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The Reconciling Death

Renewing Your Mind / R.C. Sproul
The Truth Network Radio
April 7, 2023 12:01 am

The Reconciling Death

Renewing Your Mind / R.C. Sproul

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April 7, 2023 12:01 am

On the cross, Jesus bore the unmitigated wrath of God for the sins of His people. Today, R.C. Sproul delivers a Good Friday sermon on the perfect work of atonement that Christ accomplished through His death.

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A Good Friday sermon today on Renewing Your Mind. The full measure of divine wrath was poured out on Jesus. Thousands of people in the old days died the excruciatingly painful death of crucifixion, but only one was the object of the unmitigated wrath of God. Over the years, the meaning of the cross has been confused, denied, even attempts to dilute what took place there.

But to try and sanitize what took place on Good Friday is actually to destroy the beauty and the sweetness of the gospel. Hi, I'm Nathan W. Bingham and thank you for joining us for this Good Friday edition of Renewing Your Mind. Today, we're featuring a sermon given by R.C. Sproul at St. Andrew's Chapel as the congregation there gathered for a Good Friday service. Dr. Sproul will be looking at Romans 5 in a message titled, The Reconciling Death.

Here's Dr. Sproul. Normally on Good Friday, I choose a text from one of the gospel narratives that recount for us the crucifixion of our Lord. Tonight, however, I'm going to turn to the epistles to hear the apostolic interpretation of the significance of the narratives that are found in the gospels. And so tonight, I will be reading from Paul's letter to the church at Rome from chapter 5, beginning at verse 6 and reading through verse 11.

And I've asked the congregation please to stand for the reading of the Word of God. For when we were still without strength, in due time, Christ died for the ungodly. For scarcely for a righteous man will one die, yet perhaps for a good man someone would even dare to die. But God demonstrates His own love toward us in that while we were still sinners, Christ died for us. Much more than having now been justified by His blood, we shall be saved from wrath through Him. For if when we were enemies we were reconciled to God through the death of His Son, much more having been reconciled, we shall be saved by His life. And not only that, but we also rejoice in God through our Lord Jesus Christ, through whom we have now received the reconciliation. Again, on this Friday evening, you have been privileged to hear a word from God Himself.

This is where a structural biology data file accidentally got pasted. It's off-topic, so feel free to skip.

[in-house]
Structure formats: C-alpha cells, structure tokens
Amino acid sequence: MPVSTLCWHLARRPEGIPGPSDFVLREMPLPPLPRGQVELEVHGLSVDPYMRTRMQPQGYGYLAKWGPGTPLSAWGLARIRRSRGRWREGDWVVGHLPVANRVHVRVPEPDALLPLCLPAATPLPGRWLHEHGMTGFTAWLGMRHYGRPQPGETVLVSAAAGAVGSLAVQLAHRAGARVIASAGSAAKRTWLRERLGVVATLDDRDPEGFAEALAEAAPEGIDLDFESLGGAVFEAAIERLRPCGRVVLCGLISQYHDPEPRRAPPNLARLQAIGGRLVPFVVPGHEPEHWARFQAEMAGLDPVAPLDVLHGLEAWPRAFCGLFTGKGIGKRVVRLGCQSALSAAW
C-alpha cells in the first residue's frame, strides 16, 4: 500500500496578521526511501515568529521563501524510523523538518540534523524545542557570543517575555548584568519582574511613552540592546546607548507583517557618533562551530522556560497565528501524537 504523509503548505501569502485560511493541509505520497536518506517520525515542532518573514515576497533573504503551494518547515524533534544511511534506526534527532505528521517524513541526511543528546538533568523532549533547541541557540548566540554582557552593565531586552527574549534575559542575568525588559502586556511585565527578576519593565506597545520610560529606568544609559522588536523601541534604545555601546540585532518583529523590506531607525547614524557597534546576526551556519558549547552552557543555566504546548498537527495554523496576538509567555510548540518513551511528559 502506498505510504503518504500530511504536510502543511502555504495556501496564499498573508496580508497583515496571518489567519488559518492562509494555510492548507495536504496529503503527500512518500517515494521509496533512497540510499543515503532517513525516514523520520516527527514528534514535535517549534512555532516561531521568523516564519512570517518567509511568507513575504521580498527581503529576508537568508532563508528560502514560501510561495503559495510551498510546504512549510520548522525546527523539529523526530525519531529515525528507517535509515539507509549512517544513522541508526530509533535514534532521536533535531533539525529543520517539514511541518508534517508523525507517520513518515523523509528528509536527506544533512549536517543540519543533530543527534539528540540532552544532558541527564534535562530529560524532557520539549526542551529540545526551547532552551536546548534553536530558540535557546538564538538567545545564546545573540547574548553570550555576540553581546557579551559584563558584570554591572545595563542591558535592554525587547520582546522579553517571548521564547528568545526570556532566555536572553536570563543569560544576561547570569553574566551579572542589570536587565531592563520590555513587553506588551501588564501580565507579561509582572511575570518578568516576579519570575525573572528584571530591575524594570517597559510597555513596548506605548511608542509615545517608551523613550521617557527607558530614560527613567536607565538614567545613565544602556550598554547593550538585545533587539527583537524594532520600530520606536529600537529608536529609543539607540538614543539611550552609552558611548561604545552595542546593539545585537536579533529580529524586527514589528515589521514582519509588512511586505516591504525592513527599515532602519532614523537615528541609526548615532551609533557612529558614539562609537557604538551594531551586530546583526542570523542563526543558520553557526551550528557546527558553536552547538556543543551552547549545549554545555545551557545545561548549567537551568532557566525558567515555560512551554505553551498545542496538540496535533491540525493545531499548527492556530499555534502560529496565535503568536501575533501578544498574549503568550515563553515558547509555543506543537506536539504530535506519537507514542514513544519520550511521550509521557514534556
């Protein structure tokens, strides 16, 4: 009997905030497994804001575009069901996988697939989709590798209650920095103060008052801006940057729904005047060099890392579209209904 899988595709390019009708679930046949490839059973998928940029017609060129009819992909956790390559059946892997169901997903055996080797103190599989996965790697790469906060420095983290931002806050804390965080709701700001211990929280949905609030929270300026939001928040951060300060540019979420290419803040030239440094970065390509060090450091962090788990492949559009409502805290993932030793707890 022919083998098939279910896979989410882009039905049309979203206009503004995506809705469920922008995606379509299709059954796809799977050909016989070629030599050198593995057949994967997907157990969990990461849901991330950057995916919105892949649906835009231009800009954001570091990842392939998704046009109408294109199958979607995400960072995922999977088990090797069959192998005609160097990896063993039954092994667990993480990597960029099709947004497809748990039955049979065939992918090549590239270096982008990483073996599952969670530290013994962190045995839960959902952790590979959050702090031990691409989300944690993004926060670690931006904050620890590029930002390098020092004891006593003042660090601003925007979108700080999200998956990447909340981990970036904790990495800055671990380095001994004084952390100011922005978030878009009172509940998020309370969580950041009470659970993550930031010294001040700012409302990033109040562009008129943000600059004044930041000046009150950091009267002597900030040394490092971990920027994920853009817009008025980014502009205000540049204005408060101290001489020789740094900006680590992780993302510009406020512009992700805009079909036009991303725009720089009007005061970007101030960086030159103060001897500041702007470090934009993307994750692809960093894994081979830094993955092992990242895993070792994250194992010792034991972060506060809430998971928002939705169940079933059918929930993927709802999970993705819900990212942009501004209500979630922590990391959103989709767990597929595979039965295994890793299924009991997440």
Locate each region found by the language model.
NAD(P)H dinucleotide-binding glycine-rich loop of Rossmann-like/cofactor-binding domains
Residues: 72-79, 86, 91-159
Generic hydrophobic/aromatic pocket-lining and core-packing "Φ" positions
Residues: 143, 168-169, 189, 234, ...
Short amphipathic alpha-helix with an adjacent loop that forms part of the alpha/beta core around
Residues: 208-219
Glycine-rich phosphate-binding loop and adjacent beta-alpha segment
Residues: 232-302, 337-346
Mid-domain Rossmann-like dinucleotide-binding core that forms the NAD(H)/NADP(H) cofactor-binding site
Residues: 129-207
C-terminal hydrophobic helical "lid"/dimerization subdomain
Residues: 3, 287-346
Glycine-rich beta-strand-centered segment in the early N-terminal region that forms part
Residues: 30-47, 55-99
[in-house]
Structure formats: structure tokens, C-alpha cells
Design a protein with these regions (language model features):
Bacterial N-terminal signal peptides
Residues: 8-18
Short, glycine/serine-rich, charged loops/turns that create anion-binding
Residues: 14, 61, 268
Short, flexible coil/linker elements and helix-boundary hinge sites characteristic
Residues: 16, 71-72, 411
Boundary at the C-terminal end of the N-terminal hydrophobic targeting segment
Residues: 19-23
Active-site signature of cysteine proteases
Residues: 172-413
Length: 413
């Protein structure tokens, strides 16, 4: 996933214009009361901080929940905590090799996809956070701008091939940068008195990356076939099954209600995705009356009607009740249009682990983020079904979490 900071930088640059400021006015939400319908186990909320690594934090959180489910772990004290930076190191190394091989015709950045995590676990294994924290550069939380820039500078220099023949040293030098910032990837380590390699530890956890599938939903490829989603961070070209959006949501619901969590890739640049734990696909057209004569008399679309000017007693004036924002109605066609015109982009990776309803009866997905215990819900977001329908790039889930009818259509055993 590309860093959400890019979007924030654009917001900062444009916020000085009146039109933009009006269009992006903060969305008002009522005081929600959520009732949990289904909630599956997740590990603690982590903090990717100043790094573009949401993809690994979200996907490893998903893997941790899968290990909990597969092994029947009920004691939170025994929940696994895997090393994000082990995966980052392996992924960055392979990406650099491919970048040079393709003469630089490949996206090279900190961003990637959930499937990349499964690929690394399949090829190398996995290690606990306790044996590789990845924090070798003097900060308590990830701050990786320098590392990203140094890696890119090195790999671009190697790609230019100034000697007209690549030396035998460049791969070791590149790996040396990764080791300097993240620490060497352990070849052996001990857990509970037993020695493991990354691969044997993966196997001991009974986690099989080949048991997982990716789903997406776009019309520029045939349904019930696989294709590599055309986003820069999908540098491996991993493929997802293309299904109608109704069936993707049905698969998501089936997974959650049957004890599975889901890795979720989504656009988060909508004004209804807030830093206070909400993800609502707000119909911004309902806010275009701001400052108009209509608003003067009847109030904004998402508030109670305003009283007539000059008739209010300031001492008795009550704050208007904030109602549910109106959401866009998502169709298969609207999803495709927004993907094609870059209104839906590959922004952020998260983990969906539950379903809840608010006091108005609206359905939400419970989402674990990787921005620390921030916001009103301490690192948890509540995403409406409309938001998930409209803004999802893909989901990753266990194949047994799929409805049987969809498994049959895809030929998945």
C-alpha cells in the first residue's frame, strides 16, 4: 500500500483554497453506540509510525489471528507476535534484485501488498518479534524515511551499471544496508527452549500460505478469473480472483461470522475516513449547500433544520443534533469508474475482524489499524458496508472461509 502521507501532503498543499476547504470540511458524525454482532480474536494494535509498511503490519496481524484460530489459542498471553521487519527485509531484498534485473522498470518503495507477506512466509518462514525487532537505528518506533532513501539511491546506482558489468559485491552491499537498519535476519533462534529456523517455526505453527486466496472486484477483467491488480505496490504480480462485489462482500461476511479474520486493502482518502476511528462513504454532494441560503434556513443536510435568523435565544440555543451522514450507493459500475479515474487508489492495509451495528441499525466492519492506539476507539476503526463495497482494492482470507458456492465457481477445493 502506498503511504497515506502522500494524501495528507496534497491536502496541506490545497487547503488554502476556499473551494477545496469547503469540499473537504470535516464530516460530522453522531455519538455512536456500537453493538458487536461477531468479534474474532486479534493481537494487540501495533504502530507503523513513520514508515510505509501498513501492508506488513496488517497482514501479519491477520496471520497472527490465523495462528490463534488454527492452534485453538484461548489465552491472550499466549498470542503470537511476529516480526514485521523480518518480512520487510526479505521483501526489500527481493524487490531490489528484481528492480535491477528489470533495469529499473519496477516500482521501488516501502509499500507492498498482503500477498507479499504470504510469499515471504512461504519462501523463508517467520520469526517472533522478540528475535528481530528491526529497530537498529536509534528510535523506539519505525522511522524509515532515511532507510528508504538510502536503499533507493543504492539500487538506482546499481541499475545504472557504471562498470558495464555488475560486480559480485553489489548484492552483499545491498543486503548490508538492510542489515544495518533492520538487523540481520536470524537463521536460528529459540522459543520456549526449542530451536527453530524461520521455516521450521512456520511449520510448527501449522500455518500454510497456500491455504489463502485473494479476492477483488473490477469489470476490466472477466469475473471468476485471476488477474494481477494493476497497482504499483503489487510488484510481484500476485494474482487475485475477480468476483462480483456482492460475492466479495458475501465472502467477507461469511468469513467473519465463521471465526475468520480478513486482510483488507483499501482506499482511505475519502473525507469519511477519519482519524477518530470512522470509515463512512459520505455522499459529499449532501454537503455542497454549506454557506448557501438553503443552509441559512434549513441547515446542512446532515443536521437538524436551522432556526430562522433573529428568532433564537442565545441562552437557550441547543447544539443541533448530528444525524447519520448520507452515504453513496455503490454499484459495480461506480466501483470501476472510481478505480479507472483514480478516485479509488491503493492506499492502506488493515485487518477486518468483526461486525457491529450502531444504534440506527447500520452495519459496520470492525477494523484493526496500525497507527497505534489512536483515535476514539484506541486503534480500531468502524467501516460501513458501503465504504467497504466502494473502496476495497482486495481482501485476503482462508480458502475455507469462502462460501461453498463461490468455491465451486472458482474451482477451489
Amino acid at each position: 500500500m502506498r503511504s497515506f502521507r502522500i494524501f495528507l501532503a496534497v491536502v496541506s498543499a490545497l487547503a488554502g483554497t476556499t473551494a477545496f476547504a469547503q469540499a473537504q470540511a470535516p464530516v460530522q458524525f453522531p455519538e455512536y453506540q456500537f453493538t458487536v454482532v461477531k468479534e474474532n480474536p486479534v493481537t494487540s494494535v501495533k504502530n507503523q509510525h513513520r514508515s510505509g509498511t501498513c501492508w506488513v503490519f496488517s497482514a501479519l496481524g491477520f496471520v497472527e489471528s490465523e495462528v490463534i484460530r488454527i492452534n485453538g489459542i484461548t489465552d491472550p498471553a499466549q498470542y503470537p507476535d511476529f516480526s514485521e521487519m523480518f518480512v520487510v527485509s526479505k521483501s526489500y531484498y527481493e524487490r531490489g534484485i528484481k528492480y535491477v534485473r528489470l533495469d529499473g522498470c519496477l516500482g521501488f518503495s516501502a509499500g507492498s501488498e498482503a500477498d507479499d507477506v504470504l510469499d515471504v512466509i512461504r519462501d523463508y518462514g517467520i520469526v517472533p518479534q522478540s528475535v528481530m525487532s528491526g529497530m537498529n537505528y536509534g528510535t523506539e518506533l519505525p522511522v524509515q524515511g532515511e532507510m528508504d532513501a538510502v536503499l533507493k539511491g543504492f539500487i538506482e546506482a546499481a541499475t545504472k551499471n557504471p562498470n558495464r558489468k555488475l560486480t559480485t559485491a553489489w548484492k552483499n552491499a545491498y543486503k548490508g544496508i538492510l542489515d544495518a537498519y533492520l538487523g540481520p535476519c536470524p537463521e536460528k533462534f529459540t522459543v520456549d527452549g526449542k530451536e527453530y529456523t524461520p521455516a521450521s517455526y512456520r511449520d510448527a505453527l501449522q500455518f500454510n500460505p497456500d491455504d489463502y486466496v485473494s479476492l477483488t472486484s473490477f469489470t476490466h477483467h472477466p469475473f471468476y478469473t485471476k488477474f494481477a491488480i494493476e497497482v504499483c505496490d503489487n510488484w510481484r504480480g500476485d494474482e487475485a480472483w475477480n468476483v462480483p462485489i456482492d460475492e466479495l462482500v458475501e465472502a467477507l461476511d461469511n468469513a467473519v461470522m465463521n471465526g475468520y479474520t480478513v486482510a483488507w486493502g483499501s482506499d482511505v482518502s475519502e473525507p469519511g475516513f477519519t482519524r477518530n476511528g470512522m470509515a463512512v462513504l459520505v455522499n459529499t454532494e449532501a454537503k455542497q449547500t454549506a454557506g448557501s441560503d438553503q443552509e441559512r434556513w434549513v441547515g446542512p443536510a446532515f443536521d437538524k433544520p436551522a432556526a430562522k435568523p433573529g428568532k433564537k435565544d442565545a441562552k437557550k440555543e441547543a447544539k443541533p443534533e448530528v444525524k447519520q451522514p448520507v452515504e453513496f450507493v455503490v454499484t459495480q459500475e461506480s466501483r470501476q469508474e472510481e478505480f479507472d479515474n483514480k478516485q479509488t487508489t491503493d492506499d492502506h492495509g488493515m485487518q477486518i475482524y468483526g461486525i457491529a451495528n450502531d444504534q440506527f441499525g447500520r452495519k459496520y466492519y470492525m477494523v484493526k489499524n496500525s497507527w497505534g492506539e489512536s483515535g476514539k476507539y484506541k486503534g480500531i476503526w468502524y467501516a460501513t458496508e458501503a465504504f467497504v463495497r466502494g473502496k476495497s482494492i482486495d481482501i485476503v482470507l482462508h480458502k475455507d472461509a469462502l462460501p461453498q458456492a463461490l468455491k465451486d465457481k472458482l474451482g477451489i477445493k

Please receive it as such and hug it to your soul. Please be seated. Let us pray. My Father, there is not enough strength in any individual's mind in this room or in all of our minds combined to plumb the depths of what transpired on Calvary. We thank You for the insight given us tonight from Your consecrated Apostle, whom You set apart to preach Your gospel. Help us to hear and to understand this element of it tonight. For we ask it in Jesus' name. Amen.

Amen. We hear of stories from the battlefields of the world where a cadre of men may be entrenched in an enlarged foxhole when the enemy hurls a hand grenade into that foxhole, and instantly and instinctively one of the men jumps on top of the hand grenade and takes the full Brunovitz blast to himself in order to save his comrades. These, of course, are acts of genuine heroism, and the soldier that jumps on the hand grenade for his friends spares them the pain of immediate death but nevertheless merely delays the inevitable demise of his comrades. And Paul takes up that idea here when he contemplates the significance of the death of Jesus, where he says, scarcely will one give his life for a righteous man, and that perhaps for a good man someone would even dare to die. But God demonstrates His own love towards us in that while we were still sinners, Christ died for us. You know, I've heard stories of soldiers jumping on hand grenades to save their comrades, but I've never heard the story of a soldier who crossed over and jumped into his enemy's foxhole to absorb the blast of the grenade meant for them.

We're not usually willing to lay down our lives for our foes. But the point of contrast that Paul is giving us here is this is exactly what Jesus did on the cross. Before I look at this text any further, let's remember that we have all of the accounts of the narratives given to us in the gospels about the details of the execution of Jesus. And later on we will sing the spiritual, Were You There?

Where the choir will sing it, right? When they crucified my Lord. Well, suppose you were there, and you were standing with that crowd at Golgotha outside the city of Jerusalem, and you were watching three men being executed by the Roman means of execution through crucifixion. And you knew a little bit of the information that two of them were thieves, and the other one was being crucified with a title over his head that said, This is the King of the Jews.